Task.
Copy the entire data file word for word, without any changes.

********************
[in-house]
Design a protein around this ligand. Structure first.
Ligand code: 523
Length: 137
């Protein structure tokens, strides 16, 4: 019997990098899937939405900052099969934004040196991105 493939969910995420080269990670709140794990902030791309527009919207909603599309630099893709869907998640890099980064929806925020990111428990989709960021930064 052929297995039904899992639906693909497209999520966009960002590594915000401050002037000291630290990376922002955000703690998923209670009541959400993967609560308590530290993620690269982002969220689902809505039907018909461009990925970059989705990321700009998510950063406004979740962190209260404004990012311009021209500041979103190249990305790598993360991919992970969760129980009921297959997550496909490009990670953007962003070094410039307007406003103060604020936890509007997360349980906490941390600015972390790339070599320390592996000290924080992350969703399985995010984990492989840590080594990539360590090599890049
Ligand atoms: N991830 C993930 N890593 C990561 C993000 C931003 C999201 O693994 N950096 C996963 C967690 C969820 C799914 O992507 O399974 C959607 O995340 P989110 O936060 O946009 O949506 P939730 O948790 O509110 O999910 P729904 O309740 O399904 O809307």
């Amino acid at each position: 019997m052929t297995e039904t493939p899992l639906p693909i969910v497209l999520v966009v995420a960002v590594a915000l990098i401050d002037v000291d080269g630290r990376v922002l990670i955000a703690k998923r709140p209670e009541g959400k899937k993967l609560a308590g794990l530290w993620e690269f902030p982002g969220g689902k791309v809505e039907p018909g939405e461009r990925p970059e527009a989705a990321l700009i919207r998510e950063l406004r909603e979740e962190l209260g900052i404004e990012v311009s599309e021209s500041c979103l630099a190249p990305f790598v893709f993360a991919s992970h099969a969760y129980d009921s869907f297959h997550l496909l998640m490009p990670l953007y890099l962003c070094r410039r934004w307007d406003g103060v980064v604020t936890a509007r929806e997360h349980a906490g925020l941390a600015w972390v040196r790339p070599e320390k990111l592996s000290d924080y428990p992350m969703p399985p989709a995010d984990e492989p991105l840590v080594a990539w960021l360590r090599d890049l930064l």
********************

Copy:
[in-house]
Design a protein around this ligand. Structure first.
Ligand code: 523
Length: 137
């Protein structure tokens, strides 16, 4: 019997990098899937939405900052099969934004040196991105 493939969910995420080269990670709140794990902030791309527009919207909603599309630099893709869907998640890099980064929806925020990111428990989709960021930064 052929297995039904899992639906693909497209999520966009960002590594915000401050002037000291630290990376922002955000703690998923209670009541959400993967609560308590530290993620690269982002969220689902809505039907018909461009990925970059989705990321700009998510950063406004979740962190209260404004990012311009021209500041979103190249990305790598993360991919992970969760129980009921297959997550496909490009990670953007962003070094410039307007406003103060604020936890509007997360349980906490941390600015972390790339070599320390592996000290924080992350969703399985995010984990492989840590080594990539360590090599890049
Ligand atoms: N991830 C993930 N890593 C990561 C993000 C931003 C999201 O693994 N950096 C996963 C967690 C969820 C799914 O992507 O399974 C959607 O995340 P989110 O936060 O946009 O949506 P939730 O948790 O509110 O999910 P729904 O309740 O399904 O809307």
């Amino acid at each position: 019997m052929t297995e039904t493939p899992l639906p693909i969910v497209l999520v966009v995420a960002v590594a915000l990098i401050d002037v000291d080269g630290r990376v922002l990670i955000a703690k998923r709140p209670e009541g959400k899937k993967l609560a308590g794990l530290w993620e690269f902030p982002g969220g689902k791309v809505e039907p018909g939405e461009r990925p970059e527009a989705a990321l700009i919207r998510e950063l406004r909603e979740e962190l209260g900052i404004e990012v311009s599309e021209s500041c979103l630099a190249p990305f790598v893709f993360a991919s992970h099969a969760y129980d009921s869907f297959h997550l496909l998640m490009p990670l953007y890099l962003c070094r410039r934004w307007d406003g103060v980064v604020t936890a509007r929806e997360h349980a906490g925020l941390a600015w972390v040196r790339p070599e320390k990111l592996s000290d924080y428990p992350m969703p399985p989709a995010d984990e492989p991105l840590v080594a990539w960021l360590r090599d890049l930064l």